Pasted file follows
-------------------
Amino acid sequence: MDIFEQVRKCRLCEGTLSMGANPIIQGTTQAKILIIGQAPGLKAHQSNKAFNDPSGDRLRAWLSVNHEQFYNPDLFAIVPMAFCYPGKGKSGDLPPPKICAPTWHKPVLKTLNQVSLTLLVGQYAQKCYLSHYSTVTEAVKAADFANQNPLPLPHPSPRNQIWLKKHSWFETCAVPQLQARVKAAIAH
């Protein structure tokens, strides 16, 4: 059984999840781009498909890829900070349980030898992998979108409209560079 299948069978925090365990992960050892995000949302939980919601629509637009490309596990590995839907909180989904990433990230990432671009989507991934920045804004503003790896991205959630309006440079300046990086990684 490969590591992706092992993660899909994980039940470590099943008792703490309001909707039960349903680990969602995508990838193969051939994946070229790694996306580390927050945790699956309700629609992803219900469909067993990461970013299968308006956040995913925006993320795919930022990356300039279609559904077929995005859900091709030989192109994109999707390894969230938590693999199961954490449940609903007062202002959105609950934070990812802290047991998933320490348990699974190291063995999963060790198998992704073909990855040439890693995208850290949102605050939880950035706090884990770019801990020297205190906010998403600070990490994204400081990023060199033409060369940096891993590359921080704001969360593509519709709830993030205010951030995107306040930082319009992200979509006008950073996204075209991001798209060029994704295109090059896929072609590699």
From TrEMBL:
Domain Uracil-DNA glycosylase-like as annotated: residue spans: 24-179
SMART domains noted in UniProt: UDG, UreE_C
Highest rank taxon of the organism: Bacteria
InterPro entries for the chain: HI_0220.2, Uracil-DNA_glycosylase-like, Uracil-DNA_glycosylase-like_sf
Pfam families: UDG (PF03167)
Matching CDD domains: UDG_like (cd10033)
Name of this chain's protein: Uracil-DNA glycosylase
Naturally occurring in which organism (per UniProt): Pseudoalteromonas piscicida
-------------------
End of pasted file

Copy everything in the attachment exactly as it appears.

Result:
Amino acid sequence: MDIFEQVRKCRLCEGTLSMGANPIIQGTTQAKILIIGQAPGLKAHQSNKAFNDPSGDRLRAWLSVNHEQFYNPDLFAIVPMAFCYPGKGKSGDLPPPKICAPTWHKPVLKTLNQVSLTLLVGQYAQKCYLSHYSTVTEAVKAADFANQNPLPLPHPSPRNQIWLKKHSWFETCAVPQLQARVKAAIAH
């Protein structure tokens, strides 16, 4: 059984999840781009498909890829900070349980030898992998979108409209560079 299948069978925090365990992960050892995000949302939980919601629509637009490309596990590995839907909180989904990433990230990432671009989507991934920045804004503003790896991205959630309006440079300046990086990684 490969590591992706092992993660899909994980039940470590099943008792703490309001909707039960349903680990969602995508990838193969051939994946070229790694996306580390927050945790699956309700629609992803219900469909067993990461970013299968308006956040995913925006993320795919930022990356300039279609559904077929995005859900091709030989192109994109999707390894969230938590693999199961954490449940609903007062202002959105609950934070990812802290047991998933320490348990699974190291063995999963060790198998992704073909990855040439890693995208850290949102605050939880950035706090884990770019801990020297205190906010998403600070990490994204400081990023060199033409060369940096891993590359921080704001969360593509519709709830993030205010951030995107306040930082319009992200979509006008950073996204075209991001798209060029994704295109090059896929072609590699």
From TrEMBL:
Domain Uracil-DNA glycosylase-like as annotated: residue spans: 24-179
SMART domains noted in UniProt: UDG, UreE_C
Highest rank taxon of the organism: Bacteria
InterPro entries for the chain: HI_0220.2, Uracil-DNA_glycosylase-like, Uracil-DNA_glycosylase-like_sf
Pfam families: UDG (PF03167)
Matching CDD domains: UDG_like (cd10033)
Name of this chain's protein: Uracil-DNA glycosylase
Naturally occurring in which organism (per UniProt): Pseudoalteromonas piscicida